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I have an Installer class. How do I get the installation directory?

    Question

  • I have created a custom action and have my Installer class working. But I need to know what directory the user chose during the installation process.

    I get an IDictionary passed in so I thought perhaps I could get the value from there. The MSDN indicates there is an Item method on IDictionary. But there is not. When I try to do something like:

    stateSaver.Item("TARGETDIR");

    I get a compile error (I did call Contains("TARGETDIR") and found out there is no parameter with that name.

    So how does my custom action access the installation directory chosen by the user?


    R.D. Holland

    • Moved by lucy-liu Friday, March 02, 2012 3:32 AM it is installer issue (From:Visual Studio Extensibility)
    Wednesday, February 29, 2012 10:03 PM

Answers

  • You should not be looking at statesaver.  You should be looking at Context.Parameters[ "name" ]


    Phil Wilson

    • Marked as answer by RD Holland Tuesday, March 06, 2012 2:03 PM
    Monday, March 05, 2012 11:42 PM

All replies

  • Hi RD,
    You can try to use Assembly.GetExecutingAssembly().Location. to get the installation directory.
    In addition, it is an installer issue, in order to give you a better support, I will move it to “ClickOnce and Setup & Deployment Projects”.
    Thank you for your understanding!

    Lucy Liu [MSFT]
    MSDN Community Support | Feedback to us

    Friday, March 02, 2012 3:30 AM
  • Hi Lucy,

    I have noticed that my custom action's DLL (assembly) does end up in the install directory. So perhaps GetExecutingAssembly().Location will be reliable. But actually I don't want the DLL delivered. I followed the steps in the MSDN for a custom action and I suspect picking the output of my project was a mistake. I want my action to execute but I don't want the DLL to be installed.

    Surely the setup program's custom action has some direct way to determine what dir the user chose the product to go into. Seems quite basic to me.


    R.D. Holland

    Friday, March 02, 2012 4:09 PM
  • Pass it via CustomActionData:

    http://msdn.microsoft.com/en-us/library/2w2fhwzz(v=vs.80).aspx 

    Installer classes have that context dictionary. In the exanple at that link, you get the text corresponding to "name" because /name=... was iused to pass the value.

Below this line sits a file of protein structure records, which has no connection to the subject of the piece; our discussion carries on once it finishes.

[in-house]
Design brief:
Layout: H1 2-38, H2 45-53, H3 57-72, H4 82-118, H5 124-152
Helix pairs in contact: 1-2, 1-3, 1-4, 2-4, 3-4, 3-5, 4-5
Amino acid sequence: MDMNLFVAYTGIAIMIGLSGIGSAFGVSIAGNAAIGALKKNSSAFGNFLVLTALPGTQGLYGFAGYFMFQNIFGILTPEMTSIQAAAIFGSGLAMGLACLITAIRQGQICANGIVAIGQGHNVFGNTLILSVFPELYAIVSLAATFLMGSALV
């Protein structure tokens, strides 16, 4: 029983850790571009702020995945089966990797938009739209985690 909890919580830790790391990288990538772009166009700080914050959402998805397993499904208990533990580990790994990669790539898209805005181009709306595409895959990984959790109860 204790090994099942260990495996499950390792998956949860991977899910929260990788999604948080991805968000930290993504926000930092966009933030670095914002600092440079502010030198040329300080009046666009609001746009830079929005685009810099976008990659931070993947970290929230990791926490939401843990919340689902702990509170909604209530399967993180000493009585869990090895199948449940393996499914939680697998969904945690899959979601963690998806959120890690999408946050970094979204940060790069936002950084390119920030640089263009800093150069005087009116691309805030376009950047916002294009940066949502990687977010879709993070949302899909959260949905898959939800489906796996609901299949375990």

Phil Wilson

    Friday, March 02, 2012 6:01 PM
  • Thanks Phil,

    I'll give this another try. I already had found code on-line that used the TARGETIDR in the way the link provided shows. But when I added it to my custom action (as the article showed it), I got an error. But I see the comments at the link all complain about the sample being incorrect. I don't recall if I put quotes around the parameter but I'll try that. Speaking of documentation, the wizard generated installer class is passed an IDictionary. I went to the MSDN entry for IDictionary and the documentation indicates that there is an "Item" method. But when I tried to access the method the intellisense dropdown box showed no such method. When I right-clicked on the parameter in the Install method and picked "go to definition", the IDE opened up a window to show me the metadata for the interface and there was no such method. So in the end I was unable to access TARGETDIR. I was able to call the "contains" method and pass in "TARGETDIR" but the "contains" method came back with false. So at that point I just gave up on trying to pass a parameter the way the link you provided shows.


    R.D. Holland

    Saturday, March 03, 2012 3:30 PM
  • Phil,

    I tried this again being careful with the quotations marks. Apparently I do not understand how to use the IDictionary.

    I have the following code and when I run my install, I am always told there is not a "name" entry.

    [System.Security.Permissions.

    SecurityPermission(System.Security.Permissions.SecurityAction.Demand)]

    public override void Install(IDictionary stateSaver)

    {

    System.Windows.Forms.

    MessageBox.Show("in install");

    if (stateSaver.Contains("name"))

    {

    System.Windows.Forms.

    MessageBox.Show("name is here");

    }

    else

    {

    System.Windows.Forms.

    MessageBox.Show("name is NOT here");


    R.D. Holland

    Monday, March 05, 2012 2:16 PM
  • What's in your CustomActionData property of your custom action?

    Phil Wilson

    Monday, March 05, 2012 8:14 PM
  • Phil,

    I have this in the property window:

    CustomActionData /name="[TARGETDIR]\"

    I uploaded an image shot of the property window.


    R.D. Holland

    Monday, March 05, 2012 9:07 PM
  • Phil,

    If you right-click on the image above and do a save as, you can open the file from disk and zoom in on it. It looked a lot different when I made my post (it was easily readable for me then). That allows you to see what I have entered as the custom action data.

    I don't know why it is so small now. Then again I don't know why when I hit reply that the display is such that when I am typing the "header" (your icon and name etc) is where the cursor is and I don't see text unless I either enter a lot of blank lines (to move down in the reply window) or I minimize and maximize the IDE.


    R.D. Holland

    Monday, March 05, 2012 10:39 PM
  • You should not be looking at statesaver.  You should be looking at Context.Parameters[ "name" ]


    Phil Wilson

    • Marked as answer by RD Holland Tuesday, March 06, 2012 2:03 PM
    Monday, March 05, 2012 11:42 PM
  • Thanks Phil. It's always the last place I look - or somewhere I didn't look.

    R.D. Holland

    Tuesday, March 06, 2012 2:04 PM